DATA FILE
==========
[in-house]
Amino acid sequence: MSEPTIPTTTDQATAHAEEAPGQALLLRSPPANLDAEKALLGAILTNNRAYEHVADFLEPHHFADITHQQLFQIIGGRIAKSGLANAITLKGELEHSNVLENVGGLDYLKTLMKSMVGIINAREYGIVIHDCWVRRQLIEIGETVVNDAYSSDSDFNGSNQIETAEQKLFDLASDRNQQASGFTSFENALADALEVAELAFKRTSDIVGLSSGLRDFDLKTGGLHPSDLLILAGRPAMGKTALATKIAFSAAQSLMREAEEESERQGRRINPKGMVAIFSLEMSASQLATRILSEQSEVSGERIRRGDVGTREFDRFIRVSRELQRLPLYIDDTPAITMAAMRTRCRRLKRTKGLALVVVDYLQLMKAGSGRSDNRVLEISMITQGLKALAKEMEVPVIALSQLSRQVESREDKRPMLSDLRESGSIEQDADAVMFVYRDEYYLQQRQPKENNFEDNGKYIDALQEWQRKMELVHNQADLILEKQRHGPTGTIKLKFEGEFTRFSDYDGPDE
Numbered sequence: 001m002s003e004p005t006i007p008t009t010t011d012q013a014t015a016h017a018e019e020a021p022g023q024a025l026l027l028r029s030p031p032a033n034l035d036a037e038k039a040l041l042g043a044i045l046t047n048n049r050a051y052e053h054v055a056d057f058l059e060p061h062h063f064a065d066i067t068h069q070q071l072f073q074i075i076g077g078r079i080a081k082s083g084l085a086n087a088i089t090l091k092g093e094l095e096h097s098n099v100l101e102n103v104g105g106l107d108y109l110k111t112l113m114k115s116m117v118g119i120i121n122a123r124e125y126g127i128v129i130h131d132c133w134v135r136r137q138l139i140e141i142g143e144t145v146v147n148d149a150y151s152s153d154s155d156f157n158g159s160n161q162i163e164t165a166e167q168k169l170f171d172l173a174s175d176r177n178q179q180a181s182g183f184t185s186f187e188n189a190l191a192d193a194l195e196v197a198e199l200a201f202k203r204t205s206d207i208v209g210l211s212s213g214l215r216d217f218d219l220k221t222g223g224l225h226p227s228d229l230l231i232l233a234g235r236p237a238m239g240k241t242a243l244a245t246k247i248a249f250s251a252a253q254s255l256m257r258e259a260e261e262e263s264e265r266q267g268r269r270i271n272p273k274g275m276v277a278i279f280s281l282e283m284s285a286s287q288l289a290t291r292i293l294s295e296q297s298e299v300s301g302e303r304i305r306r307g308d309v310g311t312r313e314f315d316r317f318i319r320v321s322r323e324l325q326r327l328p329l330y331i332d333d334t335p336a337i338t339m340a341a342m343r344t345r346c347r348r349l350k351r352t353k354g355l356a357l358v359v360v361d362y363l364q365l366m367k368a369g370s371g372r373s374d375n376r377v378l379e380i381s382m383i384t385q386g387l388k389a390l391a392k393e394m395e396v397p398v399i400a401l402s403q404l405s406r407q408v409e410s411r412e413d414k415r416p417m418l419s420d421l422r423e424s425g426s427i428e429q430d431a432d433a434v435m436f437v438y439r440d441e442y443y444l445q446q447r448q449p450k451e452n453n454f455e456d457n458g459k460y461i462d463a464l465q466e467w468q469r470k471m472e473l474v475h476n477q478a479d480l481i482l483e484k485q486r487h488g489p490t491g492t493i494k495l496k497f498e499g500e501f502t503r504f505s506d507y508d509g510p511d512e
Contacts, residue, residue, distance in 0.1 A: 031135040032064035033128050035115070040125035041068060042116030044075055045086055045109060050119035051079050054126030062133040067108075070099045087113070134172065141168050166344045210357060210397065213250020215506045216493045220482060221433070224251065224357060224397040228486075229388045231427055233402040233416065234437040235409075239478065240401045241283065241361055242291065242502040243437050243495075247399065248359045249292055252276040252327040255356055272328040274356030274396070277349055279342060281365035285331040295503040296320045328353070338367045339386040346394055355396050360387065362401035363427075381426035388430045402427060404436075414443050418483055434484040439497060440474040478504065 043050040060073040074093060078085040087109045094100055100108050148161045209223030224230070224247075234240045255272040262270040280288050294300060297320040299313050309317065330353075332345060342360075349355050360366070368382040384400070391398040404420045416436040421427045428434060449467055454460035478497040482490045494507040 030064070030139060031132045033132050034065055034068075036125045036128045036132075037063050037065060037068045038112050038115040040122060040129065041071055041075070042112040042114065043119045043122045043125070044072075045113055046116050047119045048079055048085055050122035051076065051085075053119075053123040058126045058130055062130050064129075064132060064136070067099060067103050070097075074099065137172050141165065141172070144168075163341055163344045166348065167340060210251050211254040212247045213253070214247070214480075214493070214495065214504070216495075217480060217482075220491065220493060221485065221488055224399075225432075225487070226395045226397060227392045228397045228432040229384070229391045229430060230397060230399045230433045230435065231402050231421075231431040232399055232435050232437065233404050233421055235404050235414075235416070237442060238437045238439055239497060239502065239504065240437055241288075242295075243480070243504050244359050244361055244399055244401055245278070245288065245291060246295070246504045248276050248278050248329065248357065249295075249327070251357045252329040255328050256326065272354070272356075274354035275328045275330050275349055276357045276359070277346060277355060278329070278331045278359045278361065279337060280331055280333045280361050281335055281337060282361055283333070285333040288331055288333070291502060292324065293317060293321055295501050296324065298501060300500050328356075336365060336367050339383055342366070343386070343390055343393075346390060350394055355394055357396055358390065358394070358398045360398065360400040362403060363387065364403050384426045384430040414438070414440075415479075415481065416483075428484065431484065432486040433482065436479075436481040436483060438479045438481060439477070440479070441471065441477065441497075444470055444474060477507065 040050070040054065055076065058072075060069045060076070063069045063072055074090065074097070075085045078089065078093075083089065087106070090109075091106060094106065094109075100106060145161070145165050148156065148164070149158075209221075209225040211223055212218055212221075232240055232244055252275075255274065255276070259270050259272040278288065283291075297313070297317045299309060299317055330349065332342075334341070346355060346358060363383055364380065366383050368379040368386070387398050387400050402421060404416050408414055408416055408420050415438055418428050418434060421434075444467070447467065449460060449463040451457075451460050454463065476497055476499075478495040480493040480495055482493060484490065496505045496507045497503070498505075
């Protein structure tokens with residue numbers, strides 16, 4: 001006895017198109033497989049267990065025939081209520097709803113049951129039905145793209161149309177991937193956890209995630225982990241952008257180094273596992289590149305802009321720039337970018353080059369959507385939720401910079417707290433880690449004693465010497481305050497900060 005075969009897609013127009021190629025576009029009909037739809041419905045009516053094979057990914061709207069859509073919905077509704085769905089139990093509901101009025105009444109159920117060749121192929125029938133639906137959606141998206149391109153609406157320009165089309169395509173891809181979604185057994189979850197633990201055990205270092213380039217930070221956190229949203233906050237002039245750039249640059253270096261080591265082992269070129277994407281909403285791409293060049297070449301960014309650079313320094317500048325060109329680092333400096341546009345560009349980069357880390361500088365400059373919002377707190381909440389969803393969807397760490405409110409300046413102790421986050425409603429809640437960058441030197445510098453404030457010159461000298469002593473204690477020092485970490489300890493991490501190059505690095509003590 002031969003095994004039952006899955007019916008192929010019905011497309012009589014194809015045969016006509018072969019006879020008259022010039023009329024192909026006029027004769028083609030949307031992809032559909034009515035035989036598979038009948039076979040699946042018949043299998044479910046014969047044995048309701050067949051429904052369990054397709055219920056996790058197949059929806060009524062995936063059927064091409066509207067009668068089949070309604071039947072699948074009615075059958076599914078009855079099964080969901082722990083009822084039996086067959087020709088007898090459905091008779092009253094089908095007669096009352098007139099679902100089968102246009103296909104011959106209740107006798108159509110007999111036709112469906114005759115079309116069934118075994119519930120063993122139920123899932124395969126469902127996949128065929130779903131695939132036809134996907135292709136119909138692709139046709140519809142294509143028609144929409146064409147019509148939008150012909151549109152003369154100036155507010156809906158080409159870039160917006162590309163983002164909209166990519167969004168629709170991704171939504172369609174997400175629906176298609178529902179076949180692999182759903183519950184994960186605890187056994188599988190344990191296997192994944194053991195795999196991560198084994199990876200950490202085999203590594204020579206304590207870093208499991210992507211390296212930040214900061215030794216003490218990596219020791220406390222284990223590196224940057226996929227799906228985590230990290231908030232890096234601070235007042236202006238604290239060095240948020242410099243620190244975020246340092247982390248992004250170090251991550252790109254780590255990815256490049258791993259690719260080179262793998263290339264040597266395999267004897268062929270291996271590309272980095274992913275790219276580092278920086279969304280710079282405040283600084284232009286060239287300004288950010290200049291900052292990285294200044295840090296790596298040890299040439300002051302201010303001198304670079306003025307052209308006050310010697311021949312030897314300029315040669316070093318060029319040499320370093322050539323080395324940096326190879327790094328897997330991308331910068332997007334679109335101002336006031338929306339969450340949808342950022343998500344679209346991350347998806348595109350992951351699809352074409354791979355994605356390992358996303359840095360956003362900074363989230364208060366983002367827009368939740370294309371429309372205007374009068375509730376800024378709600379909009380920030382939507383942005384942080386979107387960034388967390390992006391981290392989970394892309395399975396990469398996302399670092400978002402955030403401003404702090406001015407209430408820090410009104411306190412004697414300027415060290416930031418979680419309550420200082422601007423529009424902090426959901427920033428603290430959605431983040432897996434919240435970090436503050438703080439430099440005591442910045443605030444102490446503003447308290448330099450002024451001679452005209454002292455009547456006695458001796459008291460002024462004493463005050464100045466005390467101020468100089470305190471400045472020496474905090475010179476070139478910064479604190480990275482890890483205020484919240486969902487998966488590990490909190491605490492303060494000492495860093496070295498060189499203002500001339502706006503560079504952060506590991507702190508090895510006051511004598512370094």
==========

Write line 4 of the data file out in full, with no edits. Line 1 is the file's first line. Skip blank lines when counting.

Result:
Contacts, residue, residue, distance in 0.1 A: 031135040032064035033128050035115070040125035041068060042116030044075055045086055045109060050119035051079050054126030062133040067108075070099045087113070134172065141168050166344045210357060210397065213250020215506045216493045220482060221433070224251065224357060224397040228486075229388045231427055233402040233416065234437040235409075239478065240401045241283065241361055242291065242502040243437050243495075247399065248359045249292055252276040252327040255356055272328040274356030274396070277349055279342060281365035285331040295503040296320045328353070338367045339386040346394055355396050360387065362401035363427075381426035388430045402427060404436075414443050418483055434484040439497060440474040478504065 043050040060073040074093060078085040087109045094100055100108050148161045209223030224230070224247075234240045255272040262270040280288050294300060297320040299313050309317065330353075332345060342360075349355050360366070368382040384400070391398040404420045416436040421427045428434060449467055454460035478497040482490045494507040 030064070030139060031132045033132050034065055034068075036125045036128045036132075037063050037065060037068045038112050038115040040122060040129065041071055041075070042112040042114065043119045043122045043125070044072075045113055046116050047119045048079055048085055050122035051076065051085075053119075053123040058126045058130055062130050064129075064132060064136070067099060067103050070097075074099065137172050141165065141172070144168075163341055163344045166348065167340060210251050211254040212247045213253070214247070214480075214493070214495065214504070216495075217480060217482075220491065220493060221485065221488055224399075225432075225487070226395045226397060227392045228397045228432040229384070229391045229430060230397060230399045230433045230435065231402050231421075231431040232399055232435050232437065233404050233421055235404050235414075235416070237442060238437045238439055239497060239502065239504065240437055241288075242295075243480070243504050244359050244361055244399055244401055245278070245288065245291060246295070246504045248276050248278050248329065248357065249295075249327070251357045252329040255328050256326065272354070272356075274354035275328045275330050275349055276357045276359070277346060277355060278329070278331045278359045278361065279337060280331055280333045280361050281335055281337060282361055283333070285333040288331055288333070291502060292324065293317060293321055295501050296324065298501060300500050328356075336365060336367050339383055342366070343386070343390055343393075346390060350394055355394055357396055358390065358394070358398045360398065360400040362403060363387065364403050384426045384430040414438070414440075415479075415481065416483075428484065431484065432486040433482065436479075436481040436483060438479045438481060439477070440479070441471065441477065441497075444470055444474060477507065 040050070040054065055076065058072075060069045060076070063069045063072055074090065074097070075085045078089065078093075083089065087106070090109075091106060094106065094109075100106060145161070145165050148156065148164070149158075209221075209225040211223055212218055212221075232240055232244055252275075255274065255276070259270050259272040278288065283291075297313070297317045299309060299317055330349065332342075334341070346355060346358060363383055364380065366383050368379040368386070387398050387400050402421060404416050408414055408416055408420050415438055418428050418434060421434075444467070447467065449460060449463040451457075451460050454463065476497055476499075478495040480493040480495055482493060484490065496505045496507045497503070498505075